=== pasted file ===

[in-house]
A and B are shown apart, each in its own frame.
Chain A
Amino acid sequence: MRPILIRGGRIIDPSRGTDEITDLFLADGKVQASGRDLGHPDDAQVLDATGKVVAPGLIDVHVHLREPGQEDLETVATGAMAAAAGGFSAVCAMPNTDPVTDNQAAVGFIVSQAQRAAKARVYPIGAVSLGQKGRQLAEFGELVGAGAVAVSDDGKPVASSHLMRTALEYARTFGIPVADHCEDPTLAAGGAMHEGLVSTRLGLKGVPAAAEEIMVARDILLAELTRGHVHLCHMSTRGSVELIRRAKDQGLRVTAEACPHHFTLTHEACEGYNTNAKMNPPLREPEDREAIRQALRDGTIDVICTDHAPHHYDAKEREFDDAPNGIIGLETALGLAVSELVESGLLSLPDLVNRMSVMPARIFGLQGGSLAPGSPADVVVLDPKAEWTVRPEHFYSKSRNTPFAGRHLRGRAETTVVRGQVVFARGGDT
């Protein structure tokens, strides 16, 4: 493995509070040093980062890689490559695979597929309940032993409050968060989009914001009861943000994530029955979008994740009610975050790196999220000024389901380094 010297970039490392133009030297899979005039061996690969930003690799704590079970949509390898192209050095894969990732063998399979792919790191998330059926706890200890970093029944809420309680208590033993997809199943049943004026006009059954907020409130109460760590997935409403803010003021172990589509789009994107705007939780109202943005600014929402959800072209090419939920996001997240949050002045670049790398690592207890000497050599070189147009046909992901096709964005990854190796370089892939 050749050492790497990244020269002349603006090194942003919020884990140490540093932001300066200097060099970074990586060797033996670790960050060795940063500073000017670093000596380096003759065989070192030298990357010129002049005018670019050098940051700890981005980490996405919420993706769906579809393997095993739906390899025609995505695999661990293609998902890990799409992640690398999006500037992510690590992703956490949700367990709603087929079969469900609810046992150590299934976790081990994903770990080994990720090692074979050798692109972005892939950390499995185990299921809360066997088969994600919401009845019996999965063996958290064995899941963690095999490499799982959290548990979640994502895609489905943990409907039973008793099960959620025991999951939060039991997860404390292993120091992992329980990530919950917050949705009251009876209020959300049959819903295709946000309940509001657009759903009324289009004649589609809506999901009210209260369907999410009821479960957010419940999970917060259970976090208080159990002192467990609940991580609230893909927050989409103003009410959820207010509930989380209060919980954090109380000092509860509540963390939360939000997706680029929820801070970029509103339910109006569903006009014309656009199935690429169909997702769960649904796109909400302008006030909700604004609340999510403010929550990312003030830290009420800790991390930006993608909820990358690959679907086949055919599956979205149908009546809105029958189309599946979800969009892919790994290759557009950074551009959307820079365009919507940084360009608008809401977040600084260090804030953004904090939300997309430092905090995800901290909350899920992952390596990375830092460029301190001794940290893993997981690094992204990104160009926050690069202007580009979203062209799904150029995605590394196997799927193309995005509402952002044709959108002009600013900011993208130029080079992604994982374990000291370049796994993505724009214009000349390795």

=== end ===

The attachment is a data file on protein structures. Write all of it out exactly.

[in-house]
A and B are shown apart, each in its own frame.
Chain A
Amino acid sequence: MRPILIRGGRIIDPSRGTDEITDLFLADGKVQASGRDLGHPDDAQVLDATGKVVAPGLIDVHVHLREPGQEDLETVATGAMAAAAGGFSAVCAMPNTDPVTDNQAAVGFIVSQAQRAAKARVYPIGAVSLGQKGRQLAEFGELVGAGAVAVSDDGKPVASSHLMRTALEYARTFGIPVADHCEDPTLAAGGAMHEGLVSTRLGLKGVPAAAEEIMVARDILLAELTRGHVHLCHMSTRGSVELIRRAKDQGLRVTAEACPHHFTLTHEACEGYNTNAKMNPPLREPEDREAIRQALRDGTIDVICTDHAPHHYDAKEREFDDAPNGIIGLETALGLAVSELVESGLLSLPDLVNRMSVMPARIFGLQGGSLAPGSPADVVVLDPKAEWTVRPEHFYSKSRNTPFAGRHLRGRAETTVVRGQVVFARGGDT
């Protein structure tokens, strides 16, 4: 493995509070040093980062890689490559695979597929309940032993409050968060989009914001009861943000994530029955979008994740009610975050790196999220000024389901380094 010297970039490392133009030297899979005039061996690969930003690799704590079970949509390898192209050095894969990732063998399979792919790191998330059926706890200890970093029944809420309680208590033993997809199943049943004026006009059954907020409130109460760590997935409403803010003021172990589509789009994107705007939780109202943005600014929402959800072209090419939920996001997240949050002045670049790398690592207890000497050599070189147009046909992901096709964005990854190796370089892939 050749050492790497990244020269002349603006090194942003919020884990140490540093932001300066200097060099970074990586060797033996670790960050060795940063500073000017670093000596380096003759065989070192030298990357010129002049005018670019050098940051700890981005980490996405919420993706769906579809393997095993739906390899025609995505695999661990293609998902890990799409992640690398999006500037992510690590992703956490949700367990709603087929079969469900609810046992150590299934976790081990994903770990080994990720090692074979050798692109972005892939950390499995185990299921809360066997088969994600919401009845019996999965063996958290064995899941963690095999490499799982959290548990979640994502895609489905943990409907039973008793099960959620025991999951939060039991997860404390292993120091992992329980990530919950917050949705009251009876209020959300049959819903295709946000309940509001657009759903009324289009004649589609809506999901009210209260369907999410009821479960957010419940999970917060259970976090208080159990002192467990609940991580609230893909927050989409103003009410959820207010509930989380209060919980954090109380000092509860509540963390939360939000997706680029929820801070970029509103339910109006569903006009014309656009199935690429169909997702769960649904796109909400302008006030909700604004609340999510403010929550990312003030830290009420800790991390930006993608909820990358690959679907086949055919599956979205149908009546809105029958189309599946979800969009892919790994290759557009950074551009959307820079365009919507940084360009608008809401977040600084260090804030953004904090939300997309430092905090995800901290909350899920992952390596990375830092460029301190001794940290893993997981690094992204990104160009926050690069202007580009979203062209799904150029995605590394196997799927193309995005509402952002044709959108002009600013900011993208130029080079992604994982374990000291370049796994993505724009214009000349390795």